According to Maggie Glezer, in A Blessing of Bread, “At the height of difficulty is a Hungarian celebration challah: two high four stranded braids are set side by side and a thin five-stranded braid is laid over their joint and tucked under the ends.”Two 4-strand braids with a 5-strand braid on top, baked together as a compound braid, or koyletch:
Here is what a four stranded braid looks like when baked individually:
Alas, I forgot to take a picture of the process, but here is a picture from the Fresh Loaf (scroll down for the unbaked loaf).
And here is the recipe for the dough.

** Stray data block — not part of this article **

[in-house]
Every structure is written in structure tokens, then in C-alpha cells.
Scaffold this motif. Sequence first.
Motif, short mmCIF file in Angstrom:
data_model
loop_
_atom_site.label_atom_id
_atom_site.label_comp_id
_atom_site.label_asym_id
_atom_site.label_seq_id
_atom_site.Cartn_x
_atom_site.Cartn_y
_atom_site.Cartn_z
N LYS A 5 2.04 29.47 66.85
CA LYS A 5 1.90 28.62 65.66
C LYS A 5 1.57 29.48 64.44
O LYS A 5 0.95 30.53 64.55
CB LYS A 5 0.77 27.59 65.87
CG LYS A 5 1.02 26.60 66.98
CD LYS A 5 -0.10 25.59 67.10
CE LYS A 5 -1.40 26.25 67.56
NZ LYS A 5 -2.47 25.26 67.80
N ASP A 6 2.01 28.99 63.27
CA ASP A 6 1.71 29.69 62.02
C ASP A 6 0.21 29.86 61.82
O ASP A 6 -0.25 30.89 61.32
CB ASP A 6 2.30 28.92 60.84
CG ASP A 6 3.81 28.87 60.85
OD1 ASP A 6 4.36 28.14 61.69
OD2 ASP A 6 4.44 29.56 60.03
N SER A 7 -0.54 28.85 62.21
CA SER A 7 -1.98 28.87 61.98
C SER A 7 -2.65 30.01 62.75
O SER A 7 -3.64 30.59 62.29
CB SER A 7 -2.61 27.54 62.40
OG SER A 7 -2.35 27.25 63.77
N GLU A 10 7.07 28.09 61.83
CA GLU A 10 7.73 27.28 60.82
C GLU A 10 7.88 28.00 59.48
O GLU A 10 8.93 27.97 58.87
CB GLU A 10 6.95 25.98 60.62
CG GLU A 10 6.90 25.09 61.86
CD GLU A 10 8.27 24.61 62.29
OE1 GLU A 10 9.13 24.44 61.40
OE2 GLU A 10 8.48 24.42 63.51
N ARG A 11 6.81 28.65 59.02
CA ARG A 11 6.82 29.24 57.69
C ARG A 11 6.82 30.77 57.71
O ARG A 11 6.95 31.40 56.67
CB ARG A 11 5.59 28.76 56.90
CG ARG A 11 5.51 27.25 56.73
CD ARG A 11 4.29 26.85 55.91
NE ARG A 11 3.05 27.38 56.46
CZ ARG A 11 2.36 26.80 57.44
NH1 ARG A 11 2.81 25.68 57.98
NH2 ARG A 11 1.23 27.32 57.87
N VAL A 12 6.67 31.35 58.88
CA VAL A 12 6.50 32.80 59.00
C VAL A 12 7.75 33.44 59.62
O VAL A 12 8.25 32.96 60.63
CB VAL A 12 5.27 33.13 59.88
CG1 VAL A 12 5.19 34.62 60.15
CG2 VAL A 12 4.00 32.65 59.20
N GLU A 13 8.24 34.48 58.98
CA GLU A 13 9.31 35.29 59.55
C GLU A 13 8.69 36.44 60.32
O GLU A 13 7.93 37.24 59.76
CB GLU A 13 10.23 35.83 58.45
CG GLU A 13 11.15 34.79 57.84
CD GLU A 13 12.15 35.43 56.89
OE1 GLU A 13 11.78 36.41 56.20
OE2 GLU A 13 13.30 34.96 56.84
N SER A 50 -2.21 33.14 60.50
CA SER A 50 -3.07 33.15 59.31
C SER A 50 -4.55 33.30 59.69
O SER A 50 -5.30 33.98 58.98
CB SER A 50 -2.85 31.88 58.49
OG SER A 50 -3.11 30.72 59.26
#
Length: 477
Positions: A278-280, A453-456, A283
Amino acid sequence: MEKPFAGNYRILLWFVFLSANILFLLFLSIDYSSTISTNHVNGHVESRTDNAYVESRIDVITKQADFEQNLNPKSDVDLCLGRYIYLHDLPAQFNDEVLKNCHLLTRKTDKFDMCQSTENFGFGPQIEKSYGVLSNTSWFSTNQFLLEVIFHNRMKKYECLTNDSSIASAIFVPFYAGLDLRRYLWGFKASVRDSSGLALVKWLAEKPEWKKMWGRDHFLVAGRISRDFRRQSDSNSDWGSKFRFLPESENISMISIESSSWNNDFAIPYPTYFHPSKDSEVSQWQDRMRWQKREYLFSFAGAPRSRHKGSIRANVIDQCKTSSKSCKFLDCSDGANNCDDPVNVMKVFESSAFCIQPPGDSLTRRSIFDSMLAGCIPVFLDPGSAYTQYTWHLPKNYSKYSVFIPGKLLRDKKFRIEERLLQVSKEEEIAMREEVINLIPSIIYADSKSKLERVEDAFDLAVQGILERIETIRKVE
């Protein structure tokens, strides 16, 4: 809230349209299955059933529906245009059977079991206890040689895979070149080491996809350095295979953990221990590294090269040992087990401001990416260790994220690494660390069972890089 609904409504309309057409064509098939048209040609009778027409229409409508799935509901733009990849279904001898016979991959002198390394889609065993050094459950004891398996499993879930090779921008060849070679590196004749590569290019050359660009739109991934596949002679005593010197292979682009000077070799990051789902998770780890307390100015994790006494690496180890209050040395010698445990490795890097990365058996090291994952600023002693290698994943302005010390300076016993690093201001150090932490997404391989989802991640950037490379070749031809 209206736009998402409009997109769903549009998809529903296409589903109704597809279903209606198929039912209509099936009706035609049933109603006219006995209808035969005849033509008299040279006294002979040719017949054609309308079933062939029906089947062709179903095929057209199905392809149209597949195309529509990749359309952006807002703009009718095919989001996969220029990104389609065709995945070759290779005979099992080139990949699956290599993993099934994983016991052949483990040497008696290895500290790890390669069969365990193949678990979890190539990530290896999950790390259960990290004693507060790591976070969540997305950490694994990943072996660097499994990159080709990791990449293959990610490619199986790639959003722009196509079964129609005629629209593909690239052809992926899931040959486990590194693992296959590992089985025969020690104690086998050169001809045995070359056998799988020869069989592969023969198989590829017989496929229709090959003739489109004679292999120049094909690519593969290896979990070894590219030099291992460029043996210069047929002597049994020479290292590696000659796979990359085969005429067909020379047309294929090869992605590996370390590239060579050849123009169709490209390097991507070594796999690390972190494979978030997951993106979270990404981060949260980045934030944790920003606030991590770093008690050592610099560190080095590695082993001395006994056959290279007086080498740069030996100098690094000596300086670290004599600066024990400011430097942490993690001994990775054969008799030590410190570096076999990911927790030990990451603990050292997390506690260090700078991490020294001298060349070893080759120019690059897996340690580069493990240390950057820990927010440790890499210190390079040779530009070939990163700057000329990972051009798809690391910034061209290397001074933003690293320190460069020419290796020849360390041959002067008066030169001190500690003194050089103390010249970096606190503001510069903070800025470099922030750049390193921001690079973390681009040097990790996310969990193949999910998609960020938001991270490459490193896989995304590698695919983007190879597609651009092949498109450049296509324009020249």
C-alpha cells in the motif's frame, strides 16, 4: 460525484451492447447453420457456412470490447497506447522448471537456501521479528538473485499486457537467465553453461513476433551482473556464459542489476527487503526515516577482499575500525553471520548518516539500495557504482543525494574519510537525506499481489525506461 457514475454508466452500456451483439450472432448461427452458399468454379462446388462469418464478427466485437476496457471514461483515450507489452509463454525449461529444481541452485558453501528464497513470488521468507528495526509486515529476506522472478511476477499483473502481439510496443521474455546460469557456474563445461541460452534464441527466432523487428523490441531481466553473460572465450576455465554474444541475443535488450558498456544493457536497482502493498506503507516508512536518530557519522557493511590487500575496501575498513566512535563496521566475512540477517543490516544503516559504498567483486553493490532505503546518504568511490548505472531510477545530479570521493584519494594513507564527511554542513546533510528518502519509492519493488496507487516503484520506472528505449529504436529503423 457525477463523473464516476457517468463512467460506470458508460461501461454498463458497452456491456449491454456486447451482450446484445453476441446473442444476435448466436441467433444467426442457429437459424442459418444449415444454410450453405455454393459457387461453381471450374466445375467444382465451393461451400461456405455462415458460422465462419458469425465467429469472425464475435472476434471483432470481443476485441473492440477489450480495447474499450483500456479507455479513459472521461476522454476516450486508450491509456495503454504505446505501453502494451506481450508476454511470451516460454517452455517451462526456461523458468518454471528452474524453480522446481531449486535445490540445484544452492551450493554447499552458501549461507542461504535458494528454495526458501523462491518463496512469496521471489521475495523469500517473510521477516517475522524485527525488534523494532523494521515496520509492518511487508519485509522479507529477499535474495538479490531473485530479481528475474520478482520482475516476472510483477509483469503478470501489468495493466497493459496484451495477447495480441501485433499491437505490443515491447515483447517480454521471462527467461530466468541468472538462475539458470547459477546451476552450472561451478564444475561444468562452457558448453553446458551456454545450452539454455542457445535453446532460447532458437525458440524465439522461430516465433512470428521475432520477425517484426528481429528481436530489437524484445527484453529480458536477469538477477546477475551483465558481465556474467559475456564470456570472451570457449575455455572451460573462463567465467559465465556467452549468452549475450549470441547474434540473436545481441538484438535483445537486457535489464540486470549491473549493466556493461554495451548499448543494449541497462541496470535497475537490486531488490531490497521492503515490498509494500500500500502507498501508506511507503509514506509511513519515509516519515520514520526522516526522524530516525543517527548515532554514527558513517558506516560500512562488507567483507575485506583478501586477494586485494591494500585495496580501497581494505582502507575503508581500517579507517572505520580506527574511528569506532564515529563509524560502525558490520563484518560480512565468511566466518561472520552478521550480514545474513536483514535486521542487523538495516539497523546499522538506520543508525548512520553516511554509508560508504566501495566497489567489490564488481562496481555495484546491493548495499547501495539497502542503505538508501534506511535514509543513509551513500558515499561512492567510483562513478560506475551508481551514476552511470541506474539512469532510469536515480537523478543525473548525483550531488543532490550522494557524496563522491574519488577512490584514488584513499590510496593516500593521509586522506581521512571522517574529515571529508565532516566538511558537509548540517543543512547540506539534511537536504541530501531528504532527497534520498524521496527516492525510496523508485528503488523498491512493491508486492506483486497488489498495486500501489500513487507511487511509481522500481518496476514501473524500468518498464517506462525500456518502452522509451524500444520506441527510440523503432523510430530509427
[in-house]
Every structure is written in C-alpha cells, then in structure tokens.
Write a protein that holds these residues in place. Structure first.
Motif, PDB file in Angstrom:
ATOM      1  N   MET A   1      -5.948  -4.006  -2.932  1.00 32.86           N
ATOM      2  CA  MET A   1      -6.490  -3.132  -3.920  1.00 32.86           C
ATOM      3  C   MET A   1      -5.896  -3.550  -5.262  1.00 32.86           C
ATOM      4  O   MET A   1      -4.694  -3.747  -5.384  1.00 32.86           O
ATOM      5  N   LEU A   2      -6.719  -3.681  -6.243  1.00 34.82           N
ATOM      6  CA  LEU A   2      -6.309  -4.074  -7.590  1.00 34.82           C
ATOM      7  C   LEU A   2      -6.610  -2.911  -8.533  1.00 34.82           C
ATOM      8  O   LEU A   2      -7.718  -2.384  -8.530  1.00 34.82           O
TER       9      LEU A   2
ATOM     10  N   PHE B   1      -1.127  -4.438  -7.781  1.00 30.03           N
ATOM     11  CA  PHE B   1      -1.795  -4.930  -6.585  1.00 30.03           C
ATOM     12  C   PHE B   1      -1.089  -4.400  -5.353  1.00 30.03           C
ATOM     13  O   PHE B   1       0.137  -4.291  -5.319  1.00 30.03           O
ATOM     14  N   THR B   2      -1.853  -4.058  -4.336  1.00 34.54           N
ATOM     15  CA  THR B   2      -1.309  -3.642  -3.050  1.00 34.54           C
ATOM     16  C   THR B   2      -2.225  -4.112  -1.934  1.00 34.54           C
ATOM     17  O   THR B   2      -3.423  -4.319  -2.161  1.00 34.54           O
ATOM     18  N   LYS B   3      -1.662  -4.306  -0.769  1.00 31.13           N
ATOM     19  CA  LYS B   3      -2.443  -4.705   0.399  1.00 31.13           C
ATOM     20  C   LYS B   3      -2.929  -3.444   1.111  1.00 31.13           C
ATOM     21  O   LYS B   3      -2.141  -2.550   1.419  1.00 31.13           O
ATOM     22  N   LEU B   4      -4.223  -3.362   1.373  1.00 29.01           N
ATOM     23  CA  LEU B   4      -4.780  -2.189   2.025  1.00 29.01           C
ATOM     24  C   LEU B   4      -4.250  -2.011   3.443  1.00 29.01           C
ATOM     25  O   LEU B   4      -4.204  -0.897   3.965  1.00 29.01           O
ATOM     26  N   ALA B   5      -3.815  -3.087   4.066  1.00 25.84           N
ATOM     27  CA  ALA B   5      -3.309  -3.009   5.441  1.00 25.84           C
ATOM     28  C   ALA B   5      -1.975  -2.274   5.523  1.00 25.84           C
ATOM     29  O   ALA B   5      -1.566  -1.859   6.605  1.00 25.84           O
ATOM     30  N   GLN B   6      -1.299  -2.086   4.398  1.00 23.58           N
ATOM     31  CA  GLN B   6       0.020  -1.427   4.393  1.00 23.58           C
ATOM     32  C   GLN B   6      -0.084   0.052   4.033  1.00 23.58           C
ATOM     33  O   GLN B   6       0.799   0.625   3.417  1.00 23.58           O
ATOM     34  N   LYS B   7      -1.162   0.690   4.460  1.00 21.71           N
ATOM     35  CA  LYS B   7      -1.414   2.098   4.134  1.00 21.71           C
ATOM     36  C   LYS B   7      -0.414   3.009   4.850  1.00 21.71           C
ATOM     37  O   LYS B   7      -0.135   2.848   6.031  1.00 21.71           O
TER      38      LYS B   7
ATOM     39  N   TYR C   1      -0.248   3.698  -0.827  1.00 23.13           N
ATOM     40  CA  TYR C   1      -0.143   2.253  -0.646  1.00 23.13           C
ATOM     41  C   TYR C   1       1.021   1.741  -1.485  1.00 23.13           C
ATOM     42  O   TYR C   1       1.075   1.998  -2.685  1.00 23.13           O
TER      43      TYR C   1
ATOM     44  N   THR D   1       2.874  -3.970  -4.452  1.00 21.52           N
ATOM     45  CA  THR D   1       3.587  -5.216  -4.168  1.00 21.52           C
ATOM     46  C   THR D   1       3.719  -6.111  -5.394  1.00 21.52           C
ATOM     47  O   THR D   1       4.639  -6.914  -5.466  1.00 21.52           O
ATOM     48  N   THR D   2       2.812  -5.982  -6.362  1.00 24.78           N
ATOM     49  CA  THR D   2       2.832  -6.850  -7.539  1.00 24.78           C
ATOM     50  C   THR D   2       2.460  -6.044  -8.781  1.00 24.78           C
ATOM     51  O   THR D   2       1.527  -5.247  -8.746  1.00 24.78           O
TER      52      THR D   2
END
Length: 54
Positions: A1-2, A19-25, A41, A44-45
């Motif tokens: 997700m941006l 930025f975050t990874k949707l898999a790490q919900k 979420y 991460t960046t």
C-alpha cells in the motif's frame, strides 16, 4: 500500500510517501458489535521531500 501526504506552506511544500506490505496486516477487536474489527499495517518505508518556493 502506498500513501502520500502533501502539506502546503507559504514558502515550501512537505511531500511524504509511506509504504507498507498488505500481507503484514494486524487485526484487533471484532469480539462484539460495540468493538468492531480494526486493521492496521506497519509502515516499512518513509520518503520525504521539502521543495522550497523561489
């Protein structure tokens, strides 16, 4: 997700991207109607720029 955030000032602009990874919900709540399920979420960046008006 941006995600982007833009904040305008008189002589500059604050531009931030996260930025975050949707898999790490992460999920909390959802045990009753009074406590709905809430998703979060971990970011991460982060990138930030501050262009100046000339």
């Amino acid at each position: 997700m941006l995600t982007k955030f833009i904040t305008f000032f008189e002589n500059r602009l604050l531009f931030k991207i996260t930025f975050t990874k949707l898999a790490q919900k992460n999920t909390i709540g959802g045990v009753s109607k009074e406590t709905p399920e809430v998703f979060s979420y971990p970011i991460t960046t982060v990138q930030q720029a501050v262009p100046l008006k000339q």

More specifics on how to do this:
Take two pounds of dough and divide it into 10 pieces (3.2 ounces each). Take four pieces and make a four strand challah (total weight about 13 ounces). Do this again. Now you have two four strand loaves. Place them side by side to make a large double loaf (total weight combined of 25.6 ounces). Take the remaining 6.4 ounces of dough and make five strands that are quite a bit longer and thinner than your other strands for the other braids (each 1.3 ounces). Make a five strand braid and lay this over the top of the two four strands, tucking the ends underneath.
Sending this to Yeastspotting.